Newly Published
Pain Medicine  |   June 2019
Opioid- and Motor-sparing with Proximal, Mid-, and Distal Locations for Adductor Canal Block in Anterior Cruciate Ligament Reconstruction: A Randomized Clinical Trial
Author Notes
  • From the Department of Anesthesiology and Pain Medicine, and the Ottawa Hospital Research Institute, University of Ottawa, Ottawa, Ontario, Canada (F.W.A.); the Department of Anesthesia (F.W.A.), the Li Ka Shing Knowledge Institute (F.W.A.), the Department of Anesthesia (J.M., G.A.P., R.M., R.B.) and the Department of Surgery, Division of Orthopedic Surgery, Women’s College Hospital (J.C., J.T., T.D.), the Department of Anesthesia, Toronto Western Hospital (G.A.P.), University of Toronto, Toronto, Ontario, Canada.
  • Submitted for publication December 7, 2018. Accepted for publication April 25, 2019.
    Submitted for publication December 7, 2018. Accepted for publication April 25, 2019.×
  • Correspondence: Address correspondence to Dr. Brull: Women’s College Hospital, Toronto, Ontario M5S 1B2, Canada. richard.brull@wchospital.ca. Information on purchasing reprints may be found at www.anesthesiology.org or on the masthead page at the beginning of this issue. Anesthesiology’s articles are made freely accessible to all readers, for personal use only, 6 months from the cover date of the issue.
Article Information
Pain Medicine / Pain Medicine / Pharmacology / Opioid
Pain Medicine   |   June 2019
Opioid- and Motor-sparing with Proximal, Mid-, and Distal Locations for Adductor Canal Block in Anterior Cruciate Ligament Reconstruction: A Randomized Clinical Trial
Anesthesiology Newly Published on June 19, 2019. doi:10.1097/ALN.0000000000002817
Anesthesiology Newly Published on June 19, 2019. doi:10.1097/ALN.0000000000002817
Abstract

Editor’s Perspective:

What We Already Know about This Topic:

  • Adductor canal nerve block is useful for a range of knee surgeries, although the optimal injection location has not been defined

  • Unfortunately, analgesia achieved using adductor canal block is sometimes accompanied by unwanted motor block

What This Article Tells Us That Is New:

  • Proximal adductor canal injections were associated with lower first 24-h morphine consumption than when injections were more distal

  • Decreases in quadriceps strength were similar whether the injection was made in a proximal, mid-, or distal adductor canal location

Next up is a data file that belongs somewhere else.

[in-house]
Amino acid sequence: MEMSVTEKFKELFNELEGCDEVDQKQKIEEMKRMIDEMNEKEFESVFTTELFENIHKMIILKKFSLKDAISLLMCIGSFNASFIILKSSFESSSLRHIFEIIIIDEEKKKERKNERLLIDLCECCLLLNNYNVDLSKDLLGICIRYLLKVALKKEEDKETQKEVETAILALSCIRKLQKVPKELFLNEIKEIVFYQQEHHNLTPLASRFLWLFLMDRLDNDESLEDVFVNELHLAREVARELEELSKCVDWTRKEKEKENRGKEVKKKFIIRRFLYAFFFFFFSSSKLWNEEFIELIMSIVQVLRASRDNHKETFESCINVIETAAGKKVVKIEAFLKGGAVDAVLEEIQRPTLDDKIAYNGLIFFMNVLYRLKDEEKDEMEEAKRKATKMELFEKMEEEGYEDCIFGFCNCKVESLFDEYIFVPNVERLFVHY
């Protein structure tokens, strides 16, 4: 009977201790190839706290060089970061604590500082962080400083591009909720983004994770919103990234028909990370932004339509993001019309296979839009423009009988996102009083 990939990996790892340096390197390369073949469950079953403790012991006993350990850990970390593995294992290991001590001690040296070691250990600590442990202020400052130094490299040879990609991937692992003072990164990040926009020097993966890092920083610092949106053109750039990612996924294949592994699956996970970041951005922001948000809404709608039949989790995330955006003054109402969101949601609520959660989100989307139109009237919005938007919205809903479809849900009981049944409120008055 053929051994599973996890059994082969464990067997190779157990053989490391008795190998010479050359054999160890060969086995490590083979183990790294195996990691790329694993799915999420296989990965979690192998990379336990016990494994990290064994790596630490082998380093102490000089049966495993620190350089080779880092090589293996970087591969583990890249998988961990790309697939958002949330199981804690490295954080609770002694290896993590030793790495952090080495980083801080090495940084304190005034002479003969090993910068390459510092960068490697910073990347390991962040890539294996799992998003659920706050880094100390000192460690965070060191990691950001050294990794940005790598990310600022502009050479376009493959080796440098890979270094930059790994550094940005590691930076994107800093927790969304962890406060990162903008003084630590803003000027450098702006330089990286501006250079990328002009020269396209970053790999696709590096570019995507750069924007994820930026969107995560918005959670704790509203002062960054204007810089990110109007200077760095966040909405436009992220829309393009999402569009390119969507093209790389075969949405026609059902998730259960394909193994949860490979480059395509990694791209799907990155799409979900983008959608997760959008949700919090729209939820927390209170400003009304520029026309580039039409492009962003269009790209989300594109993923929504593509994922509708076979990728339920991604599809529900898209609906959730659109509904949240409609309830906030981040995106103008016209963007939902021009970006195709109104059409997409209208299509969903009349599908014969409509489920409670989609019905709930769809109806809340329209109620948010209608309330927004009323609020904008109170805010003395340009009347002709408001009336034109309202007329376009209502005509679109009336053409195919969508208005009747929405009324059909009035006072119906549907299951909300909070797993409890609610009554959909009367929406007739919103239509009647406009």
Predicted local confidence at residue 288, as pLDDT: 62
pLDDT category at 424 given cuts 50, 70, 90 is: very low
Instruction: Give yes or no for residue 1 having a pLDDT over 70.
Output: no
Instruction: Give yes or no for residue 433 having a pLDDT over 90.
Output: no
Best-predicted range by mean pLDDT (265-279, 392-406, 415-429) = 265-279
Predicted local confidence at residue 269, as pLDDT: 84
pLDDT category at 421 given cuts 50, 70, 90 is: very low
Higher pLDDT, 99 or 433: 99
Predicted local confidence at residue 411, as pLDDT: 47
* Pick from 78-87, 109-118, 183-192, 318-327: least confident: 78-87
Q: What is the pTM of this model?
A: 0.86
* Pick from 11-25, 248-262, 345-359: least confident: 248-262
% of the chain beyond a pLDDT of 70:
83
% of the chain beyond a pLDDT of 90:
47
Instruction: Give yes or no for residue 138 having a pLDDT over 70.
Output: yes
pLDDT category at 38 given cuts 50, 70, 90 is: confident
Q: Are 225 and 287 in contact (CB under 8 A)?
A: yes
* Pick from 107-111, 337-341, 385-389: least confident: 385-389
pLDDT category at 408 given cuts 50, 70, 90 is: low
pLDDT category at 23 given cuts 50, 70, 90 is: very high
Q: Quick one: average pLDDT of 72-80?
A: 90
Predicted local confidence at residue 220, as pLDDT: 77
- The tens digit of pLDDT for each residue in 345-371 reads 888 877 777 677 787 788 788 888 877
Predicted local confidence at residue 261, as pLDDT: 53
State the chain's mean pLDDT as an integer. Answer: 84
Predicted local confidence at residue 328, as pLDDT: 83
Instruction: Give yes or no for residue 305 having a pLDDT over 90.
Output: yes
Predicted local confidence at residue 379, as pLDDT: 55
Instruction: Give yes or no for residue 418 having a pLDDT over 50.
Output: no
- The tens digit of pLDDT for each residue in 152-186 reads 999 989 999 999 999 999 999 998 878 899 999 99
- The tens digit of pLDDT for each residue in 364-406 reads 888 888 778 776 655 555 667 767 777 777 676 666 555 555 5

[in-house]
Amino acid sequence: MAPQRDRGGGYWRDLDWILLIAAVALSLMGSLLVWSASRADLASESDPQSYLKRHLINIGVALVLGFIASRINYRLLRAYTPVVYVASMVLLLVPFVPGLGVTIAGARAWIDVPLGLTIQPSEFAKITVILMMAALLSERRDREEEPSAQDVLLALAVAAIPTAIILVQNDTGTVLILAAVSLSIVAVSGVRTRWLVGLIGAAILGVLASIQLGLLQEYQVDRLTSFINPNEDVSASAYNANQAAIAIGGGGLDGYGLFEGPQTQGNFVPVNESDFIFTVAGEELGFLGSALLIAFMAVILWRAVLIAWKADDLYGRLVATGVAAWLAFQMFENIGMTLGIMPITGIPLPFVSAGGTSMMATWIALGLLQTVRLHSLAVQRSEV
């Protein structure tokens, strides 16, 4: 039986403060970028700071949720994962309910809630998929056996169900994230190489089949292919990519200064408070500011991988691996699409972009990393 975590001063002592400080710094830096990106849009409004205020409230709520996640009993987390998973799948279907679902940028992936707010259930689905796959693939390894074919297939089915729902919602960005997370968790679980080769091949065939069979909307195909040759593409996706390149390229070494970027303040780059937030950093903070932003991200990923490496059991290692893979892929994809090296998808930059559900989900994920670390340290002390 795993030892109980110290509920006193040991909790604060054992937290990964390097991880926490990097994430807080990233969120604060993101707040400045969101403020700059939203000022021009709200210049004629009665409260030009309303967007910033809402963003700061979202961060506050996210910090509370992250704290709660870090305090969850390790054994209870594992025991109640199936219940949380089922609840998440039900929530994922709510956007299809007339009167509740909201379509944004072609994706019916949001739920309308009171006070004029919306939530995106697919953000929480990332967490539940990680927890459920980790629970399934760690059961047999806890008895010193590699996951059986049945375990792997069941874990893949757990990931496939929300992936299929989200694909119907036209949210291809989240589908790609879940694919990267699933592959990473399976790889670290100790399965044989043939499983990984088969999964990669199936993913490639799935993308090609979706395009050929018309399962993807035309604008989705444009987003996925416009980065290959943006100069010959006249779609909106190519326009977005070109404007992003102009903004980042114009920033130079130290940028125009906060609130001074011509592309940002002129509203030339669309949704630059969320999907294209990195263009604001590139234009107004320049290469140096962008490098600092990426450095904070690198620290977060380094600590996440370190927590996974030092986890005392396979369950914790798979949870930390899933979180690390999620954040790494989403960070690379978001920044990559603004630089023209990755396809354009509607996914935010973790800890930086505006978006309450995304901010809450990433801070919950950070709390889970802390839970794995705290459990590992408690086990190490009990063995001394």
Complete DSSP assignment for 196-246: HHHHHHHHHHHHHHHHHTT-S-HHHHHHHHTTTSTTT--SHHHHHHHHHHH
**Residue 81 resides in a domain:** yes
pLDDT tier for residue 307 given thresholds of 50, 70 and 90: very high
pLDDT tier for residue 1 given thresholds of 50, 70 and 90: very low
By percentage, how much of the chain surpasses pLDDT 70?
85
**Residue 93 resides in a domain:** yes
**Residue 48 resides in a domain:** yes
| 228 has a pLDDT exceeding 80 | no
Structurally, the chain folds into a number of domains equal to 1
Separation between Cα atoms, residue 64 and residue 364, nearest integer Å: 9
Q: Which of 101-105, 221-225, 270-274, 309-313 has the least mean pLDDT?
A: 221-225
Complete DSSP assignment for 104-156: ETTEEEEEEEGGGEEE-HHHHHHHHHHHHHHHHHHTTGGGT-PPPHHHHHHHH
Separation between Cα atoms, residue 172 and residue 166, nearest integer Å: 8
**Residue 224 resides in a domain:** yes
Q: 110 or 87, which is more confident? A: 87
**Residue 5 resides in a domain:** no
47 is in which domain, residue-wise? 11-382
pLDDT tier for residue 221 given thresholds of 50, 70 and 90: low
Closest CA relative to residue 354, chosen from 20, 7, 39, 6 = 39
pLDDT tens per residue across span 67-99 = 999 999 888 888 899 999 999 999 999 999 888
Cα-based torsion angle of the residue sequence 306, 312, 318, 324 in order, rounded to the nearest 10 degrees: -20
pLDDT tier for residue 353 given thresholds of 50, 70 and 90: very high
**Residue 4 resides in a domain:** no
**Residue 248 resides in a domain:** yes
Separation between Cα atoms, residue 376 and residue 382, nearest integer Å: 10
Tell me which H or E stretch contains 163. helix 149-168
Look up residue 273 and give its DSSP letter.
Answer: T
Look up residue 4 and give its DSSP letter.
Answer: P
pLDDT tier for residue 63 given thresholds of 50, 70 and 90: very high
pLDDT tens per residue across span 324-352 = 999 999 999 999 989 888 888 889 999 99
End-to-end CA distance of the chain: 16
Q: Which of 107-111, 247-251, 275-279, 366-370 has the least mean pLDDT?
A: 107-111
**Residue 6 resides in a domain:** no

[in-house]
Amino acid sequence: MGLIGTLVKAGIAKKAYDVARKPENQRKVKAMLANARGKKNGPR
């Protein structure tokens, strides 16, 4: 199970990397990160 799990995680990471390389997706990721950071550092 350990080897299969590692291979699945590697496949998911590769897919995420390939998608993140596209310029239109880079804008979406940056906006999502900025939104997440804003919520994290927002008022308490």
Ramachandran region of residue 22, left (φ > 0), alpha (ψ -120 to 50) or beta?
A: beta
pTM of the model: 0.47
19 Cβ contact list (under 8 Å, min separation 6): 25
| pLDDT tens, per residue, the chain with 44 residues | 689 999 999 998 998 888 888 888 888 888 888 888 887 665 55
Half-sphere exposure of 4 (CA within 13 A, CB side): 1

Background: The ideal location for single-injection adductor canal block that maximizes analgesia while minimizing quadriceps weakness after painful knee surgery is unclear. This triple-blind trial compares ultrasound-guided adductor canal block injection locations with the femoral artery positioned medial (proximal adductor canal), inferior (mid-adductor canal), and lateral (distal adductor canal) to the sartorius muscle to determine the location that optimizes postoperative analgesia and motor function. The hypothesis was that distal adductor block has (1) a superior opioid-sparing effect and (2) preserved quadriceps strength, compared with proximal and mid-locations for anterior cruciate ligament reconstruction.

Methods: For the study, 108 patients were randomized to proximal, mid-, or distal adductor canal injection locations for adductor canal block. Cumulative 24-h oral morphine equivalent consumption and percentage quadriceps strength decrease (maximum voluntary isometric contraction) at 30 min postinjection were coprimary outcomes. The time to first analgesic request, pain scores, postoperative nausea/vomiting at least once within the first 24 h, and block-related complications at 2 weeks were also evaluated.

Results: All patients completed the study. Contrary to the hypothesis, proximal adductor canal block decreased 24-h morphine consumption to a mean ± SD of 34.3 ± 19.1 mg, (P < 0.0001) compared to 64.0 ± 33.6 and 65.7 ± 22.9 mg for the mid- and distal locations, respectively, with differences [95% CI] of 29.7 mg [17.2, 42.2] and 31.4 mg [21.5, 41.3], respectively, mostly in the postanesthesia care unit. Quadriceps strength was similar, with 16.7%:13.4%:15.3% decreases for proximal:mid:distal adductor canal blocks. The nausea/vomiting risk was also lower with proximal adductor canal block (10 of 34, 29.4%) compared to distal location (23 of 36, 63.9%; P = 0.005). The time to first analgesic request was longer, and postoperative pain was improved up to 6 h for proximal adductor canal block, compared to mid- and distal locations.

Conclusions: : A proximal adductor canal injection location decreases opioid consumption and opioid-related side effects without compromising quadriceps strength compared to mid- and distal locations for adductor canal block in patients undergoing anterior cruciate ligament reconstruction.